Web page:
Slow healing for Mali hospitals
GAO, 3 October 2013 (IRIN) - Rows of shutter-less windows line the administration corridor at a referral health centre in Mali’s northern city of Gao. The centre’s equipment was looted and its staff fled during the nine-month-long Islamist rebel occupation that followed the country’s March 2012 coup; services have just barely resumed.
Healthcare has been severely impaired throughout northern Mali, where the militant Islamists seized key towns during the crisis. The rebels were ousted by French forces in January, but recovery of the sector has been slow.
Nearly half of Gao’s 69 health centres were completely or partially damaged during the Islamist occupation. In the ancient city of Timbuktu, 45 percent of health structures were entirely or partly destroyed, and 70 percent were damaged in the northeastern Kidal region, says the World Health Organization (WHO).
“We lost everything. The centre was systematically pillaged and ransacked. Equipment, vehicles and supplies were looted, and the staff fled,” said Amadou Maiga, the head of the Gao referral health centre, which is now struggling to operate.
Only about 20 of the 80-strong staff have returned. Just two of the six doctors are back and only one of the six midwives has resumed duty. “Up to now people still think that the centre is not functional,” Maiga told IRIN.
In the south, meanwhile, medical services had been strained by the waves of displaced people seeking refuge from the conflict. Repairing or rebuilding the health centres and returning medical staff to the north are top priorities. In July, Mali’s government began offering cash to lure civil servants back north, targeting some 300 workers who were offered US $500 each for transport and resettlement.
But insecurity remains a problem. Clashes erupted recently in Kidal between the separatist National Movement for the Liberation of Azawad (MNLA) and government troops. The MNLA is largely in control of Kidal region; the group had seized territory in the north after the 2012 government ouster before being uprooted by the hardline Islamist rebels.
The effects of the conflict have overwhelmed Mali’s already weak public health system. Pre-conflict figures indicate that the country had one doctor for every 8,528 people and one midwife for every 17,122 people, compared to the recommended doctor-patient ratio of 1:1,000 and the recommended midwife-patient ratio of 1:5,000, according to WHO.
Healthcare disruptions caused by the conflict, including the flight of medical staff, contributed to epidemics of cholera, malaria and measles in late 2012 and the start of 2013, experts say.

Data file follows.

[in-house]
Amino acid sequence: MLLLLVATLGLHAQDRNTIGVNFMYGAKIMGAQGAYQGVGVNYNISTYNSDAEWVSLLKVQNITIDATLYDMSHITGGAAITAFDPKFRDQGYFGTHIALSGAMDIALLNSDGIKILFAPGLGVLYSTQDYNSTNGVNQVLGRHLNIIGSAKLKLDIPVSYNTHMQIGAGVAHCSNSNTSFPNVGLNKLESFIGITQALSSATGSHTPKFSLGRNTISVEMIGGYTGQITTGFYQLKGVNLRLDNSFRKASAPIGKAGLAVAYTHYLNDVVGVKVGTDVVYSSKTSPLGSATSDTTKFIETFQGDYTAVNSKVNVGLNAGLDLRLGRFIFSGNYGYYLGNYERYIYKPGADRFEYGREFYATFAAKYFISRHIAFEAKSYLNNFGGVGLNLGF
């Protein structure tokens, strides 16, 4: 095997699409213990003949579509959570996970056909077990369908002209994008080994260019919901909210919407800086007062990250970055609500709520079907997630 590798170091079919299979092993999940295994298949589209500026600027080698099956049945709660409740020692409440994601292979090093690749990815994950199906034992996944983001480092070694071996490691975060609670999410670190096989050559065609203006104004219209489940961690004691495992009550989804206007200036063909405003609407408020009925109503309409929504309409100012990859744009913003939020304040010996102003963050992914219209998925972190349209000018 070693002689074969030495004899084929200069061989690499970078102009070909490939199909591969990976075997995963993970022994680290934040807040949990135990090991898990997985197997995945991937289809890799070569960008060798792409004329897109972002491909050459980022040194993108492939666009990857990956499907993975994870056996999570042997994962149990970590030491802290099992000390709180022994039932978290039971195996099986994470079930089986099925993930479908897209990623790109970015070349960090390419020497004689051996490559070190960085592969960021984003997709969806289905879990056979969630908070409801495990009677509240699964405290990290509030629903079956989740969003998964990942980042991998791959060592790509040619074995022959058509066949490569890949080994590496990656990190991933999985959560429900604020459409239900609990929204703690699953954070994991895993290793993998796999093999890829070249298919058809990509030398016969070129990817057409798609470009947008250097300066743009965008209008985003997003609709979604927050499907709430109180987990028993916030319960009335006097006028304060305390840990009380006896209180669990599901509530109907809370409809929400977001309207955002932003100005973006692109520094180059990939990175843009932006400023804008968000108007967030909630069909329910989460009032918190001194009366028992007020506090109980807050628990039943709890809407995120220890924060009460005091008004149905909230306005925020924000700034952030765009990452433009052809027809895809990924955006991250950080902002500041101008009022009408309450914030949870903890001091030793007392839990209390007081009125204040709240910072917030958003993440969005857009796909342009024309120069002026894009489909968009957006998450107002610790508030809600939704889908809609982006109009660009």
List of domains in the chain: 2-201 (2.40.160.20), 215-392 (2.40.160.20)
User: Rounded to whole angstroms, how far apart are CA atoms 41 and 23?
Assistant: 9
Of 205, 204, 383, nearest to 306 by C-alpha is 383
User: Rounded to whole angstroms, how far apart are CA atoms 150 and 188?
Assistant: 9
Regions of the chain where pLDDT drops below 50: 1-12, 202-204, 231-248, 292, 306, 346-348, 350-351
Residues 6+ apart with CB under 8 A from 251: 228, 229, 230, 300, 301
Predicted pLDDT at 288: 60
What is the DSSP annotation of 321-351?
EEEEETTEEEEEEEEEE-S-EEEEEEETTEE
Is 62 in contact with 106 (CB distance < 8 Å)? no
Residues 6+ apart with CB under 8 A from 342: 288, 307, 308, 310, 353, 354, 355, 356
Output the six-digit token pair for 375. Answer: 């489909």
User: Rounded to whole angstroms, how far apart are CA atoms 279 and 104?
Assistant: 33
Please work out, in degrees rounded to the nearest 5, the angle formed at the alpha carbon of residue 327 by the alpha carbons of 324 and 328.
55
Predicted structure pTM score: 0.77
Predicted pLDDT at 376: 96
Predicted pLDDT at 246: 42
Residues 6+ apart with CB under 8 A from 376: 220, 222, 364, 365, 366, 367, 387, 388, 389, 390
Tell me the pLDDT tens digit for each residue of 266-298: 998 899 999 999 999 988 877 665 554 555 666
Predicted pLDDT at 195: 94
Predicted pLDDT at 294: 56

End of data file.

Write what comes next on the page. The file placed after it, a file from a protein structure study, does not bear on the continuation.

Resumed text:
“The weaknesses of the health system, especially in the Sahel countries, which face recurrent humanitarian crises, cannot help prevent health crises,” said Ibrahima Socé Fall, the WHO representative in Mali.
“We have spoken about malnutrition for decades, but the response is still not sufficient,” he told IRIN. “Measles is a recurrent epidemic. Crises occur amidst weakened health systems that worsen the [health] consequences.
“It is important that while restoring the health sector, the aim should not be to return it to the pre-conflict status, but to build it back better,” he said.
Other experts have called for reforms in the medical supply system, which they say is plagued by recurrent disruptions.
“If there’s a real will to address the health situation, especially for the people in the north and in Mali generally, supplying medicines is its backbone. As long as there are no medicines, we can’t do anything,” said Soumaila Maiga of Médecins du Monde (MDM), an aid group that remained in the north throughout the conflict.
“There’s also need to think of ways of making health services more accessible. During the conflict, people fled empty-handed. They are returning empty-handed. Health expenditure will certainly reduce family budgets.
“A father whose child is sick will wait until the last minute when he knows he really has no choice but to take the child to a health centre, at which time it may be too late,” Maiga said.
“Food is the first medication”
Many resident of northern are facing food shortages. Three out of every four households are reliant on food assistance, the World Food Programme and the Food and Agriculture Organization said in a recent appeal.
“For the medium- to long-term, [food security] requires a good investment on security. That’s fundamental, but we also need to see more investment go into the agricultural sector,” David Gressly, the deputy special representative of the UN in Mali, told IRIN.
The immediate need for those returning is food, said Emmanuel Traoré, the head of MDM’s medical project in northern Mali. “The priority for people is finding food. Food is the first medication. Someone who is hungry is sick. The two go together. What would be ideal is to have a food security programme and an accessible health service,” he said.
Mali’s crisis occurred at a time when the Sahel region was facing severe food shortages in the aftermath of poor 2011-2012 harvests. The violence forced hundreds of thousands of northern Malians to seek refuge elsewhere in the country and in neighbouring states, all while struggling with severe hunger.
Analysts have said that corruption and poor governance contributed to the March 2012 overthrow of president Amadou Toumani Touré. As Mali steadies itself, with a newly elected president, some health experts fear that the economic, political and governance priorities will overshadow the need to restore the health sector.
“Health is not necessarily at the top of the priority list of Mali’s donors. Security and economic recovery come first. This means that there’s a risk of health sector under-funding,” said WHO’s Fall.